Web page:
A study released July 18 points to asthma as another potential fracking health impact.
Published in the JAMA Internal Medicine journal, the study by seven researchers—most from the John Hopkins Bloomberg School of Public Health—shows that residents who live near drilling sites experienced an increased risk of “mild, moderate and severe asthma exacerbations.” The exacerbation levels were determined by the number of new medication orders, hospital emergency encounters and hospitalizations, respectively. But the study is explicit in nothing that further investigation is needed before drawing a causal link between fracking and asthma.
The study looked at 35,5080 Pennsylvania and New York patients between ages 5 and 90 who already have asthma. Those closest to drilling wells lived a median of about 12 miles away. Patients farthest away lived a median of about 34 mile from a well.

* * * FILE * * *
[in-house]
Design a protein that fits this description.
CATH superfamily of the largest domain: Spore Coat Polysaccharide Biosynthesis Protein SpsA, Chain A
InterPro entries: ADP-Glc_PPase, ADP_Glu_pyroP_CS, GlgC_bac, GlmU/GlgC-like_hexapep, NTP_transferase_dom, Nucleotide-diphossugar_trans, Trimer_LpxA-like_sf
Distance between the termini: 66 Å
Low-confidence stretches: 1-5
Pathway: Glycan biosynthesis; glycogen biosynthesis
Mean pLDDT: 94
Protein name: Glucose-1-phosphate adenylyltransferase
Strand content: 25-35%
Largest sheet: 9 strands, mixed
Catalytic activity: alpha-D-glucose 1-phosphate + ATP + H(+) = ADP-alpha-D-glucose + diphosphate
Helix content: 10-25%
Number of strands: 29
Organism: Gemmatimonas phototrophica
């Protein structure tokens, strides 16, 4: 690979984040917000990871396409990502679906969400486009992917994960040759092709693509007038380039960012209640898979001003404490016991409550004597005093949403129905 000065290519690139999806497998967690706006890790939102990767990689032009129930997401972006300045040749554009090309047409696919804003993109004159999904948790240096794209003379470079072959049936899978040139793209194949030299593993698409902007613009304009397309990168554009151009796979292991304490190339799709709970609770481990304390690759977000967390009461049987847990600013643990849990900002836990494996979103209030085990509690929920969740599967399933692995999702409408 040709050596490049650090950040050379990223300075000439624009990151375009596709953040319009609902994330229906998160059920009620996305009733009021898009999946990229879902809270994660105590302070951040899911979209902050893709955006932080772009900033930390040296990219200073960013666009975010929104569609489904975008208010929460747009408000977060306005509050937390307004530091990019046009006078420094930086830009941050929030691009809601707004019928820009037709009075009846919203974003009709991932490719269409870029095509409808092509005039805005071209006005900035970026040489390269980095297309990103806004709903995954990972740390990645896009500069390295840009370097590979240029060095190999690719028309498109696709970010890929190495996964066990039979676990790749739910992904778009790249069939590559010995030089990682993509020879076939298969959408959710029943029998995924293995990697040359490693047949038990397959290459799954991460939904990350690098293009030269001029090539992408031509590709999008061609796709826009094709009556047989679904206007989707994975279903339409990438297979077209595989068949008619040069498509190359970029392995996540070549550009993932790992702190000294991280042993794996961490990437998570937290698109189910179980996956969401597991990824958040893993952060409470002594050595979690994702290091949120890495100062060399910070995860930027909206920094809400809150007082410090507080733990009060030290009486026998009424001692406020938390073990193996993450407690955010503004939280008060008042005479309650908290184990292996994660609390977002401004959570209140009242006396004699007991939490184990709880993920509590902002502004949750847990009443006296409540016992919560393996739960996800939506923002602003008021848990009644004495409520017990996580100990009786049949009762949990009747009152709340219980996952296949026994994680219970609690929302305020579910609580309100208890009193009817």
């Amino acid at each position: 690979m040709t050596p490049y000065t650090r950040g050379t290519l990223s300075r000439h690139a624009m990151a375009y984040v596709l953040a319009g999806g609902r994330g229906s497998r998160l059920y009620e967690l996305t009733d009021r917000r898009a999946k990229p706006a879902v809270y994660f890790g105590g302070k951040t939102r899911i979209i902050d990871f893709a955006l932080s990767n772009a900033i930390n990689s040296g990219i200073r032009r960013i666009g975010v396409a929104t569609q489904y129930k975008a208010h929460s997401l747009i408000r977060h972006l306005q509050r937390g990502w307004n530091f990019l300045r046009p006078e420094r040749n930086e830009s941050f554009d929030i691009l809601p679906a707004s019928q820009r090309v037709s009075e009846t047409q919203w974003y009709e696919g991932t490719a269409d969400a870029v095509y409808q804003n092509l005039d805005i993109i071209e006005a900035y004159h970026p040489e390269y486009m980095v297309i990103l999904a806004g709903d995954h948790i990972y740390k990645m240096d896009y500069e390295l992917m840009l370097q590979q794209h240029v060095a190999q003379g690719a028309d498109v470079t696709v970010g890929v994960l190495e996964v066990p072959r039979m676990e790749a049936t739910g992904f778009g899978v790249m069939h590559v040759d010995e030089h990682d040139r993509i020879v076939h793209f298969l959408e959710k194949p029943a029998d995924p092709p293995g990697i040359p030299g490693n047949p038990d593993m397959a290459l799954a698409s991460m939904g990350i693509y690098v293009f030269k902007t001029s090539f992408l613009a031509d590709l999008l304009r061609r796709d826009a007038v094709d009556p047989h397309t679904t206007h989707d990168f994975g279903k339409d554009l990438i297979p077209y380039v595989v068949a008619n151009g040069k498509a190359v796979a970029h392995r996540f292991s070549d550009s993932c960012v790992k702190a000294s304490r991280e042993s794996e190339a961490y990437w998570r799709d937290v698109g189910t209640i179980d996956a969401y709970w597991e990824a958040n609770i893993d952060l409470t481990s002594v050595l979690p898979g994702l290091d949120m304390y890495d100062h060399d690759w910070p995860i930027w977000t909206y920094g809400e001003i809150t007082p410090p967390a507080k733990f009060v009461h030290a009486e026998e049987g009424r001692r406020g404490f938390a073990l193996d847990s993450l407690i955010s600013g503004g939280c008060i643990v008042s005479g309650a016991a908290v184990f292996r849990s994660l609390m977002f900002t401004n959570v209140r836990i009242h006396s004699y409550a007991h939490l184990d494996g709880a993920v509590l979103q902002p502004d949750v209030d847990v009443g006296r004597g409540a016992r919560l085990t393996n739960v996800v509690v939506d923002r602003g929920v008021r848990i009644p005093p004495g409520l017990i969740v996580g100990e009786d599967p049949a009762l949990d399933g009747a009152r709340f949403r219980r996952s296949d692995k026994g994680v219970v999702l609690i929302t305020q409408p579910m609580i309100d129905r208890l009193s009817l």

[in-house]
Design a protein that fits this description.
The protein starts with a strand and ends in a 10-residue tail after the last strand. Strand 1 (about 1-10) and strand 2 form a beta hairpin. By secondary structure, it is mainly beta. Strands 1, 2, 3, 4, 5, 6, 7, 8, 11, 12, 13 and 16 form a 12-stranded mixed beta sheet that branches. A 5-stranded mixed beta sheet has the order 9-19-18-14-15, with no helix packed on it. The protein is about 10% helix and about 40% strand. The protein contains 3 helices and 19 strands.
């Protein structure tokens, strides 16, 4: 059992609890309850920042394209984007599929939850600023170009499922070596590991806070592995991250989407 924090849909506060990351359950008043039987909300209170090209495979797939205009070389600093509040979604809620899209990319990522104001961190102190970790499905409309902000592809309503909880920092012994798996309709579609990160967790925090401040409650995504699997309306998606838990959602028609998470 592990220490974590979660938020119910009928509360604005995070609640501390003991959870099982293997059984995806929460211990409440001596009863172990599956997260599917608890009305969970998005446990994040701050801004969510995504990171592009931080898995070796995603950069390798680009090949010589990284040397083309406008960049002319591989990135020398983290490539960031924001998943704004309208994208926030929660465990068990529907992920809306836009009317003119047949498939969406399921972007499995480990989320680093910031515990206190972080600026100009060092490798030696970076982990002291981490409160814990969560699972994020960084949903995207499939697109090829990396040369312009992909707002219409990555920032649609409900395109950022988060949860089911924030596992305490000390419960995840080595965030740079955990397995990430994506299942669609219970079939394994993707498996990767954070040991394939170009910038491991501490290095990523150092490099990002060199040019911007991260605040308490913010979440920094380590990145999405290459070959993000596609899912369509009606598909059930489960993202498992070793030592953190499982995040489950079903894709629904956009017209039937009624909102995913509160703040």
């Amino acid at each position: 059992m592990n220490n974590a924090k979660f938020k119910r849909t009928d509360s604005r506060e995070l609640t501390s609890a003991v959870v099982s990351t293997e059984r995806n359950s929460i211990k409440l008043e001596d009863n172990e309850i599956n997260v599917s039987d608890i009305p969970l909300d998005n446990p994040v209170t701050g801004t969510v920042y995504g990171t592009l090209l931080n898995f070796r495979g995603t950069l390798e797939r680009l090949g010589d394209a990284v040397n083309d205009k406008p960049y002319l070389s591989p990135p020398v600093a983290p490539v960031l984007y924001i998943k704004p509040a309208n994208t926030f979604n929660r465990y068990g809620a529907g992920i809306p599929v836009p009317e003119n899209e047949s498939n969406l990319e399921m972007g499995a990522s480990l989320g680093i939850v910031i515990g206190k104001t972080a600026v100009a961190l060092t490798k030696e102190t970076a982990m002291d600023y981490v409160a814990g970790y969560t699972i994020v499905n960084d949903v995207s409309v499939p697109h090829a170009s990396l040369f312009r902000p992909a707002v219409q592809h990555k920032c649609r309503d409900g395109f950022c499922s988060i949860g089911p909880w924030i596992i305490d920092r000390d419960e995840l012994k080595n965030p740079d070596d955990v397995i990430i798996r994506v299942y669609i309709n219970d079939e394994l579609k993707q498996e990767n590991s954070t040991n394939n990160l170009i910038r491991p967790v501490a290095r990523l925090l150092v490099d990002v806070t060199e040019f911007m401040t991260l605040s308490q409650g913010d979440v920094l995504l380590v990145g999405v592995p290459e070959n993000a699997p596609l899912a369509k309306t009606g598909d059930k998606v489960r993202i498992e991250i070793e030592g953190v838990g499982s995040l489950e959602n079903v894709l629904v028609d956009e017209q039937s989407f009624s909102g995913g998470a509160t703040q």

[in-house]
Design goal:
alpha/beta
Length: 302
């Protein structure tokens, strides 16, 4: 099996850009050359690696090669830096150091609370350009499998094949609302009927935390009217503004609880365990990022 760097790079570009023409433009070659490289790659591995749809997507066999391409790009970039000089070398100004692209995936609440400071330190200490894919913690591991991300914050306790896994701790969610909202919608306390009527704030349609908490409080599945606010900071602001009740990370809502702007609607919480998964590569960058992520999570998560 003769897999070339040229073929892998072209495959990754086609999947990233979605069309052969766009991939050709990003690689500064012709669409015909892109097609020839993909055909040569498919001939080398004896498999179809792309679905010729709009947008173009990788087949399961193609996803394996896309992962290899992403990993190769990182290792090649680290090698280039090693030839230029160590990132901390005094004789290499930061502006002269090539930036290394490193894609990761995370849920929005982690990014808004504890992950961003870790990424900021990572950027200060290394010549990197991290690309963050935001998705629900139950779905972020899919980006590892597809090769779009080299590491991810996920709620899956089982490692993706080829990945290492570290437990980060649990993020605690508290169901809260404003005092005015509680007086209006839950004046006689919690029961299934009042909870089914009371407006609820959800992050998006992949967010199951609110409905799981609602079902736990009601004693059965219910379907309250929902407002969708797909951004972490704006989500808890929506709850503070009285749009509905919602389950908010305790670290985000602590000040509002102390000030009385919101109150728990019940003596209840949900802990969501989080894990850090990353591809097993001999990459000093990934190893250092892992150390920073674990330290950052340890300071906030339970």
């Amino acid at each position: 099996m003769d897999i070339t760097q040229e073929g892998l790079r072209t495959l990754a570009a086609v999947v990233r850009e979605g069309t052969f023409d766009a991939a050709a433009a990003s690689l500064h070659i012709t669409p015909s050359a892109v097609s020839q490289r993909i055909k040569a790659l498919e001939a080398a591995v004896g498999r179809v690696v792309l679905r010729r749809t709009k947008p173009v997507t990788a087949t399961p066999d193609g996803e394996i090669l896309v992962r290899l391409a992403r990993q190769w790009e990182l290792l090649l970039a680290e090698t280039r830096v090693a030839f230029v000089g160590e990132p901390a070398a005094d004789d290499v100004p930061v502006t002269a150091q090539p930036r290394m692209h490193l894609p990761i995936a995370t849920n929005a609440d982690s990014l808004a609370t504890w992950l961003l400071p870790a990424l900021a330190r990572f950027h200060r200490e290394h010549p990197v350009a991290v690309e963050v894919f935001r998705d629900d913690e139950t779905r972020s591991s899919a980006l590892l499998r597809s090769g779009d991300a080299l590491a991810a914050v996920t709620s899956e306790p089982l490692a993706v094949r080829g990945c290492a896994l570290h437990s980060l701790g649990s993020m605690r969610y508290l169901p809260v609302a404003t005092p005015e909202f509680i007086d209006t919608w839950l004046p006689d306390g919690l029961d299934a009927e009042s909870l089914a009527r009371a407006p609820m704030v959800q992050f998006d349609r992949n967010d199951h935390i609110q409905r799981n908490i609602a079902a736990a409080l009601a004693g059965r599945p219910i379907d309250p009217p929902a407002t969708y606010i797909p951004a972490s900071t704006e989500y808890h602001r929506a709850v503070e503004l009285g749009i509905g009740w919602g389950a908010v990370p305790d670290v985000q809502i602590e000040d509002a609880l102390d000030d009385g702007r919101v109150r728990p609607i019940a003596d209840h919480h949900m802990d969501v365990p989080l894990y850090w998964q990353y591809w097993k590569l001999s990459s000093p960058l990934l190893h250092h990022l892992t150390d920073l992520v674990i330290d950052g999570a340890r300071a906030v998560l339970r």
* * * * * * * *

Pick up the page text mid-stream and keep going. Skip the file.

The study found 4,782 severe, 1,870 moderate and 20,749 mild exacerbations among patients. Those with moderate exacerbations were more likely to be Black and on medical assistance than other participants.
People of color already suffer disproportionately from asthma: Latinxs, for one, are 60 percent more likely to visit the hospital for asthma, compared to White people, according to the U.S. Department of Health and Human Services.
Read the full study here.